Jake Beaulieu, a postdoctoral researcher the Environmental Protection Agency in Cincinnati, Ohio, who earned his doctorate at the University of Notre Dame, and Jennifer Tank, Galla Professor of Biological Sciences at the University, are lead authors of new paper demonstrating that streams and rivers receiving nitrogen inputs from urban and agricultural land uses are a significant source of nitrous oxide to the atmosphere.
Nitrous oxide is a potent greenhouse gas that contributes to climate change and the loss of the protective ozone layer. Nitrogen loading to river networks from urban and agricultural activities is a potentially important source of nitrous oxide emission to the atmosphere. It occurs through a microbial process called denitrification, which converts dissolved nitrate-nitrogen to nitrous oxide and dinitorgen gases.
In a paper appearing this week in the Proceedings of the National Academy of Sciences (PNAS), Beaulieu and Tank describe how they measured nitrous oxide production rates from denitrification in 72 streams draining multiple land-use types across the United States.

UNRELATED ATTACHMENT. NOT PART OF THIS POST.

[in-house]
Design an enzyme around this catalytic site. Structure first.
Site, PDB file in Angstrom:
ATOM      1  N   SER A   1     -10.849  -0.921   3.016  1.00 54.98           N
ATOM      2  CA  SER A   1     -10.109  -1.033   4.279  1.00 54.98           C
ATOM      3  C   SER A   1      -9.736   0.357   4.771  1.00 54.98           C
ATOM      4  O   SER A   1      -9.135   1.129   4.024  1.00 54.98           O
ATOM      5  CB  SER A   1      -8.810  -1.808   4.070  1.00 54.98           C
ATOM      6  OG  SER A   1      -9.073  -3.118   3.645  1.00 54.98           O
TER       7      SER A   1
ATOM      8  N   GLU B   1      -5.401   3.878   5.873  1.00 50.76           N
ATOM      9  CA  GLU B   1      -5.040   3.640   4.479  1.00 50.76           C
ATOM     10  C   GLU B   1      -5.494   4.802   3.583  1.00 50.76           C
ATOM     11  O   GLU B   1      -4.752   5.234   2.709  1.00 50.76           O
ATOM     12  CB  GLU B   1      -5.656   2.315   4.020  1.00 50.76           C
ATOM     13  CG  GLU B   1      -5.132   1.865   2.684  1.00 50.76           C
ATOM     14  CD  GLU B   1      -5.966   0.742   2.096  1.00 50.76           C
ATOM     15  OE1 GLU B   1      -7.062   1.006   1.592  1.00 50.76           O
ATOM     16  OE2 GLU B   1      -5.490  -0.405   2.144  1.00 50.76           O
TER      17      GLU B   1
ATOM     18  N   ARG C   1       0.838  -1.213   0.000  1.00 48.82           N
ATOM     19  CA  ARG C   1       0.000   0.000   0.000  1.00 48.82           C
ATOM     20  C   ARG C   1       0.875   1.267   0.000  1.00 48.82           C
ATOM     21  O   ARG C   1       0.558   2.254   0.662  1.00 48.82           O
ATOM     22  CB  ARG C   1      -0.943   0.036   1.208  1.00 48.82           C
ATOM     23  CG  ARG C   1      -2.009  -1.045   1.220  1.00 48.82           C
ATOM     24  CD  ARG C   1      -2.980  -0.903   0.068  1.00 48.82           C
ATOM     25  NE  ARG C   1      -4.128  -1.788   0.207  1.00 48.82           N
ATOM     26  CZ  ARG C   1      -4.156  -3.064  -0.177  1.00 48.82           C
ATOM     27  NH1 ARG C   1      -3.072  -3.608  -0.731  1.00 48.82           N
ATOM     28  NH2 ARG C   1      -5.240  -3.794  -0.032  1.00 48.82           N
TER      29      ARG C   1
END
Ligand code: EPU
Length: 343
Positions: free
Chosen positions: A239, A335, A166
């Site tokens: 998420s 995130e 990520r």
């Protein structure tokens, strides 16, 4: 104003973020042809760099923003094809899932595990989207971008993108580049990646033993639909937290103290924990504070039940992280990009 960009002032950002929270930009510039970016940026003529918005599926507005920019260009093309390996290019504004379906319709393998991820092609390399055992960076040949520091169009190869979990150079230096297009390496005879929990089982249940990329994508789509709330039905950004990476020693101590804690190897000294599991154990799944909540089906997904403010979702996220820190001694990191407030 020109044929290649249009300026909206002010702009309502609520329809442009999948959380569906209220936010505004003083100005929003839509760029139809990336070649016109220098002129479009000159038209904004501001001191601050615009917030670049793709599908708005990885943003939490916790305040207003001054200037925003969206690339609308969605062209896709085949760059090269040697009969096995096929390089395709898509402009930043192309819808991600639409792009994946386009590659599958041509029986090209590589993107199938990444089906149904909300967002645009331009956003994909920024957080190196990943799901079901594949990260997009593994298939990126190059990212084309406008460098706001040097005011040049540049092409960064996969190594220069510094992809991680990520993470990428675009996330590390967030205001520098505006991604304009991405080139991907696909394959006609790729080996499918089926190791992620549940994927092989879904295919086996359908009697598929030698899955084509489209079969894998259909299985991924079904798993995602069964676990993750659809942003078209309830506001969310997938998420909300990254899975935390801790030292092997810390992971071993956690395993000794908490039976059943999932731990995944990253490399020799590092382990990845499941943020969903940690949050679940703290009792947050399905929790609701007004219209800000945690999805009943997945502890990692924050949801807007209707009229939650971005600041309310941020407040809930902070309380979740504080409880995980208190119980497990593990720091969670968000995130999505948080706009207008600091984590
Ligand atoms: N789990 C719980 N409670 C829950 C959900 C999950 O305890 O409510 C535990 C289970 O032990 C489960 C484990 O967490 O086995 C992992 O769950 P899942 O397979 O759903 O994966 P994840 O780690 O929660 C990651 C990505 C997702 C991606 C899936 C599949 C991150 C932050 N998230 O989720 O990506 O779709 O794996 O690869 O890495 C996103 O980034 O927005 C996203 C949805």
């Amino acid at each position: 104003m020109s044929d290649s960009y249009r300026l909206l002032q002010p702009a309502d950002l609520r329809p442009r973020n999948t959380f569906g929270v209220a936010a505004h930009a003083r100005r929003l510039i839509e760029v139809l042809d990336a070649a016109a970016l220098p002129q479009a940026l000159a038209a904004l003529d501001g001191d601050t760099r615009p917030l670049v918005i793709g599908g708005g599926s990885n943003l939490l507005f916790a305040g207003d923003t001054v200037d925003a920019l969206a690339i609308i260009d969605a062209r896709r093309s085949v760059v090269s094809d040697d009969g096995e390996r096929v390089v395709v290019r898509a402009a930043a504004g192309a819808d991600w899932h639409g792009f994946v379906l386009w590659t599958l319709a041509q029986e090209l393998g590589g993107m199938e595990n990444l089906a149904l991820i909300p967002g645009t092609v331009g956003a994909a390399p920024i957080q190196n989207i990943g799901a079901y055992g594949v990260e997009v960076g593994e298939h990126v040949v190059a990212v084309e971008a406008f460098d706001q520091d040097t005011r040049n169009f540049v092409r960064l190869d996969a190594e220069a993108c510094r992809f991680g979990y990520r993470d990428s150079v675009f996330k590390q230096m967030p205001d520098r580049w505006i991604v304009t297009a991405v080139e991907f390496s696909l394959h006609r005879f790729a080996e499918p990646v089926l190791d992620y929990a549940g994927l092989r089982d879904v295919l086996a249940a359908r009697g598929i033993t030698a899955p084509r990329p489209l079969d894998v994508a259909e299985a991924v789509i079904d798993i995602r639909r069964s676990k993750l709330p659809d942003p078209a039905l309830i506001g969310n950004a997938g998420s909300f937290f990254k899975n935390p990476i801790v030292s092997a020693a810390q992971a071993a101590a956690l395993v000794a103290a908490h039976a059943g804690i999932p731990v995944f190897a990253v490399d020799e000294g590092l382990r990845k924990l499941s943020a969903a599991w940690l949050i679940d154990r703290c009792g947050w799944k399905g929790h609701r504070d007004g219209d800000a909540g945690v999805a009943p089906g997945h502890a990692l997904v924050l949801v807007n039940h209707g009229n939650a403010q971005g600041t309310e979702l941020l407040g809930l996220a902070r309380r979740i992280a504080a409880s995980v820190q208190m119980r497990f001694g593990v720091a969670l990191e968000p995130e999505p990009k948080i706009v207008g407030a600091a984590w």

They found that the amount of nitrous oxide produced in streams is related to human activities that release nitrogen into the environment, such as fertilizer use and sewage discharges.
"Runoff from agricultural and urban watersheds has increased the availability of nitrogen in streams and rivers, greatly increasing nitrous oxide production rates," Beaulieu said. "This research shows that river networks play an important role in how human nitrogen use affects climate change and ozone loss."
The new study reports that streams and river networks are the source of at least 10 percent of human-caused nitrous oxide emission to the atmosphere worldwide, which is three times the amount estimated by an earlier report from the Intergovernmental Panel on Climate Change (IPCC).
Beaulieu and Tank suggest that reductions in nitrous oxide emissions from stream and river networks can be achieved through changes in urban and agricultural land use patterns, such as reduced agricultural fertilizer application.
|Contact: Jake Beaulieu|
University of Notre Dame